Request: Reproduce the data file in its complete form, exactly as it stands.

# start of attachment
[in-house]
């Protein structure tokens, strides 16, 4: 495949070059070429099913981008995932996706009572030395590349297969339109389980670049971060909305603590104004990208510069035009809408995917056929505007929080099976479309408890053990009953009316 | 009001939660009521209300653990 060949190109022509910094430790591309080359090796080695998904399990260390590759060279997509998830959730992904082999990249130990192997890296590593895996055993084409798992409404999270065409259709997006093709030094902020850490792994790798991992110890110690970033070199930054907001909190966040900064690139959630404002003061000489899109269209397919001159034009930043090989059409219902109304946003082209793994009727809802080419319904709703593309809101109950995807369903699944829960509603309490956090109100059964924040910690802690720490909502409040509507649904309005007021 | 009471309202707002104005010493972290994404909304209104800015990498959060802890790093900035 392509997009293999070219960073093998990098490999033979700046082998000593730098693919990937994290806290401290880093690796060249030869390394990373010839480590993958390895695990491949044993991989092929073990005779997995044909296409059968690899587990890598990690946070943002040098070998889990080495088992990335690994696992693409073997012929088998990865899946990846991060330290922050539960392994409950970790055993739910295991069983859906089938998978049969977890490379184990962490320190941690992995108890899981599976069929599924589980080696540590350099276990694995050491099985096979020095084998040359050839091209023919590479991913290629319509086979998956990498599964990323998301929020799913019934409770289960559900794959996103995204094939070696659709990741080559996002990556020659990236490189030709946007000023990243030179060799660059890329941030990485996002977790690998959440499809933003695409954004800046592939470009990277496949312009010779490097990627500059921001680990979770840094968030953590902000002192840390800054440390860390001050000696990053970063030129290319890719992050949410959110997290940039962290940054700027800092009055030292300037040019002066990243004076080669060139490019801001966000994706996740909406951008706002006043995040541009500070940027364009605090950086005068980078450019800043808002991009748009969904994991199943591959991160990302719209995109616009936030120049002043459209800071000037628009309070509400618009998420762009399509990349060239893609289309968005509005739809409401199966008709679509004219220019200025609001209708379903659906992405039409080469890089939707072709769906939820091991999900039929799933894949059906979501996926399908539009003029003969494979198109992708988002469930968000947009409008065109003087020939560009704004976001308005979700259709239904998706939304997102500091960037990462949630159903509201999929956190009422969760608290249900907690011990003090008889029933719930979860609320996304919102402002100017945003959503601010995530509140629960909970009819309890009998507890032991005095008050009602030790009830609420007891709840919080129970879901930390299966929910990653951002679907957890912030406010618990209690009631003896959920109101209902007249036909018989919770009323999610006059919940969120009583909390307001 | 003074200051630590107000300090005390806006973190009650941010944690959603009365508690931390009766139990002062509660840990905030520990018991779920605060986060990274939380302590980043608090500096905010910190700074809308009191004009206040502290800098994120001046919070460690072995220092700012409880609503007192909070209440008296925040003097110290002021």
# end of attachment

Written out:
[in-house]
């Protein structure tokens, strides 16, 4: 495949070059070429099913981008995932996706009572030395590349297969339109389980670049971060909305603590104004990208510069035009809408995917056929505007929080099976479309408890053990009953009316 | 009001939660009521209300653990 060949190109022509910094430790591309080359090796080695998904399990260390590759060279997509998830959730992904082999990249130990192997890296590593895996055993084409798992409404999270065409259709997006093709030094902020850490792994790798991992110890110690970033070199930054907001909190966040900064690139959630404002003061000489899109269209397919001159034009930043090989059409219902109304946003082209793994009727809802080419319904709703593309809101109950995807369903699944829960509603309490956090109100059964924040910690802690720490909502409040509507649904309005007021 | 009471309202707002104005010493972290994404909304209104800015990498959060802890790093900035 392509997009293999070219960073093998990098490999033979700046082998000593730098693919990937994290806290401290880093690796060249030869390394990373010839480590993958390895695990491949044993991989092929073990005779997995044909296409059968690899587990890598990690946070943002040098070998889990080495088992990335690994696992693409073997012929088998990865899946990846991060330290922050539960392994409950970790055993739910295991069983859906089938998978049969977890490379184990962490320190941690992995108890899981599976069929599924589980080696540590350099276990694995050491099985096979020095084998040359050839091209023919590479991913290629319509086979998956990498599964990323998301929020799913019934409770289960559900794959996103995204094939070696659709990741080559996002990556020659990236490189030709946007000023990243030179060799660059890329941030990485996002977790690998959440499809933003695409954004800046592939470009990277496949312009010779490097990627500059921001680990979770840094968030953590902000002192840390800054440390860390001050000696990053970063030129290319890719992050949410959110997290940039962290940054700027800092009055030292300037040019002066990243004076080669060139490019801001966000994706996740909406951008706002006043995040541009500070940027364009605090950086005068980078450019800043808002991009748009969904994991199943591959991160990302719209995109616009936030120049002043459209800071000037628009309070509400618009998420762009399509990349060239893609289309968005509005739809409401199966008709679509004219220019200025609001209708379903659906992405039409080469890089939707072709769906939820091991999900039929799933894949059906979501996926399908539009003029003969494979198109992708988002469930968000947009409008065109003087020939560009704004976001308005979700259709239904998706939304997102500091960037990462949630159903509201999929956190009422969760608290249900907690011990003090008889029933719930979860609320996304919102402002100017945003959503601010995530509140629960909970009819309890009998507890032991005095008050009602030790009830609420007891709840919080129970879901930390299966929910990653951002679907957890912030406010618990209690009631003896959920109101209902007249036909018989919770009323999610006059919940969120009583909390307001 | 003074200051630590107000300090005390806006973190009650941010944690959603009365508690931390009766139990002062509660840990905030520990018991779920605060986060990274939380302590980043608090500096905010910190700074809308009191004009206040502290800098994120001046919070460690072995220092700012409880609503007192909070209440008296925040003097110290002021």